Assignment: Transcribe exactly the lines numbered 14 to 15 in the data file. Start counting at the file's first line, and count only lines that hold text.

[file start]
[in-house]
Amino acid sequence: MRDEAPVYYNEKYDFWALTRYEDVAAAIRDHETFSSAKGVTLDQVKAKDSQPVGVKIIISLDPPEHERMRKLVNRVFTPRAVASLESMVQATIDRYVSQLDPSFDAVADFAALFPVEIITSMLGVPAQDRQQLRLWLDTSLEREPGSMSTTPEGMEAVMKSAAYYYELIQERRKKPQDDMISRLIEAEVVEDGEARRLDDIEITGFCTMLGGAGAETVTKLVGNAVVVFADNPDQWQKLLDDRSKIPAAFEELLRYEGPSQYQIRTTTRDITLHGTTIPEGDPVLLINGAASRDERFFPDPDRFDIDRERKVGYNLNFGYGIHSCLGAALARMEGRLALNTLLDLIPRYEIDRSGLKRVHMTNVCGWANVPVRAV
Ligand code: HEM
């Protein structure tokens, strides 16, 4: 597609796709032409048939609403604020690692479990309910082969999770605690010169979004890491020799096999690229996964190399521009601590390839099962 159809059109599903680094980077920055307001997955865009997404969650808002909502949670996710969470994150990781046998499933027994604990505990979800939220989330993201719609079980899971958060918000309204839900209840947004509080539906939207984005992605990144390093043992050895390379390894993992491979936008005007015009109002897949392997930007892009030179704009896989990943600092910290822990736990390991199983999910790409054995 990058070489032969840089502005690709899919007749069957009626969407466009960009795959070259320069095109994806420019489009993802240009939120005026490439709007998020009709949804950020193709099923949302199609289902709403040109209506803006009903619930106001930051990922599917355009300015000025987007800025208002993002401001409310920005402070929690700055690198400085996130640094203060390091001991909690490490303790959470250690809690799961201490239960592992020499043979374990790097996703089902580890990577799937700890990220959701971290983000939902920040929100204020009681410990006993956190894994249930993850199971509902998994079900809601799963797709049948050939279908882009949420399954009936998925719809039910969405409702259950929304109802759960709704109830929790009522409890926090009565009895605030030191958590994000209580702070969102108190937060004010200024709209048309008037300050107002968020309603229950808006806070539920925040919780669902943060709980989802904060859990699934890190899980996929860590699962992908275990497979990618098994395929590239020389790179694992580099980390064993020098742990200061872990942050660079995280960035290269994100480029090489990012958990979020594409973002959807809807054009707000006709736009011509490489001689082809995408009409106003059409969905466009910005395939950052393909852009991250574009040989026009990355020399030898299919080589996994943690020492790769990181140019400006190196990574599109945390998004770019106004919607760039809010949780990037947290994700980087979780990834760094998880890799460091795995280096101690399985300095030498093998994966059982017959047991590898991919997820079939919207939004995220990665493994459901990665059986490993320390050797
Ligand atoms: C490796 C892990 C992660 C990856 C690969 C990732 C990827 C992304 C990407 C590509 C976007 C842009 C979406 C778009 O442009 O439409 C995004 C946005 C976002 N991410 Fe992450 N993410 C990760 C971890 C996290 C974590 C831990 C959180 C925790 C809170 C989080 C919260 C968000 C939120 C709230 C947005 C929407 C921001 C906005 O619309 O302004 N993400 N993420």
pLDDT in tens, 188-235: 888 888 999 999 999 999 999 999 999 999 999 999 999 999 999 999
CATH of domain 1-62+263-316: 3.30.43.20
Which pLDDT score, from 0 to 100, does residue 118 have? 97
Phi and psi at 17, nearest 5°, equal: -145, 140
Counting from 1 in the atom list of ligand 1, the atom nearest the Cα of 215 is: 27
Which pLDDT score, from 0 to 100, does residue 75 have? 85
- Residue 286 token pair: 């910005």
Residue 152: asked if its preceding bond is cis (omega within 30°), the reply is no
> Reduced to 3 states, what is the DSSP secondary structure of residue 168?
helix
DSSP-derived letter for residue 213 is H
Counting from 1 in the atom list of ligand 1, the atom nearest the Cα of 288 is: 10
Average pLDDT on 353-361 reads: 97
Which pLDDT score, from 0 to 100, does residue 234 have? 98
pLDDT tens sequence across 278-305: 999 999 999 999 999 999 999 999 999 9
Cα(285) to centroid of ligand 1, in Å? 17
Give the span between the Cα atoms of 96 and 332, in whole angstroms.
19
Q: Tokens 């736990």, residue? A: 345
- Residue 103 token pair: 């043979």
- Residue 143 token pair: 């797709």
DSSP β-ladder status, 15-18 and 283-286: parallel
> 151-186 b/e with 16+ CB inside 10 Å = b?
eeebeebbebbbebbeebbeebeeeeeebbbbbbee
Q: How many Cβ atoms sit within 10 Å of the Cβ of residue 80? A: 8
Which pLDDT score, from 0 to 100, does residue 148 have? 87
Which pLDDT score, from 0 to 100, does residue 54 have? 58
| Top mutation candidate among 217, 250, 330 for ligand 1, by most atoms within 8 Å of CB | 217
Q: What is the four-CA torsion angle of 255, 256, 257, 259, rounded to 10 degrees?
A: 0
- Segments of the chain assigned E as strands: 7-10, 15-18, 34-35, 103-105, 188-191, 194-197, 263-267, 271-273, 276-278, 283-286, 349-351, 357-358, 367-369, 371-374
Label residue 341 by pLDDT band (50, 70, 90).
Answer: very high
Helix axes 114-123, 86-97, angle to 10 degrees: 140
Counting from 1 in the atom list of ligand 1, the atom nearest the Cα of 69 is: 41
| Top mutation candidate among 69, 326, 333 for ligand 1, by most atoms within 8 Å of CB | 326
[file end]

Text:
> Reduced to 3 states, what is the DSSP secondary structure of residue 168?
helix